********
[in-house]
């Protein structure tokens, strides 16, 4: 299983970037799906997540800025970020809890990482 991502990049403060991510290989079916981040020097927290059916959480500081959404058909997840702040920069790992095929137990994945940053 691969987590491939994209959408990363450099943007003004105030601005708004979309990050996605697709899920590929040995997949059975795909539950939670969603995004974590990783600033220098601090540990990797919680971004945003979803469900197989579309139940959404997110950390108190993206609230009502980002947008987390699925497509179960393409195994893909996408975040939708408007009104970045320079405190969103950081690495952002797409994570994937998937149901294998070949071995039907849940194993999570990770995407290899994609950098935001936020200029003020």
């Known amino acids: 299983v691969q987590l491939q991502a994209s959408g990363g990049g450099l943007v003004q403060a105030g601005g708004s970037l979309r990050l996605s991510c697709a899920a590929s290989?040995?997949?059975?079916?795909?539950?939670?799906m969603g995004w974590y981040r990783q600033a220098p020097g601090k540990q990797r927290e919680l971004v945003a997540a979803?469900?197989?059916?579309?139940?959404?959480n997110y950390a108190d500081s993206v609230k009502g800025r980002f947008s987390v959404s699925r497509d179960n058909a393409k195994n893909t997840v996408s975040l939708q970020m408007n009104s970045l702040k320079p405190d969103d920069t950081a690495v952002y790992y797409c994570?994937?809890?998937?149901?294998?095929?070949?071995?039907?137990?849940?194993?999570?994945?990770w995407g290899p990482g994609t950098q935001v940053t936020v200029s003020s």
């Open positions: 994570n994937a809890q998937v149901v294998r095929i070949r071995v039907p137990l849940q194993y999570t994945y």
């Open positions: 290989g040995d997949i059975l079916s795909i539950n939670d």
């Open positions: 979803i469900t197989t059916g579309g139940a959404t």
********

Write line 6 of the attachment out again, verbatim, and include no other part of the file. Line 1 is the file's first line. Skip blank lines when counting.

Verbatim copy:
């Open positions: 979803i469900t197989t059916g579309g139940a959404t």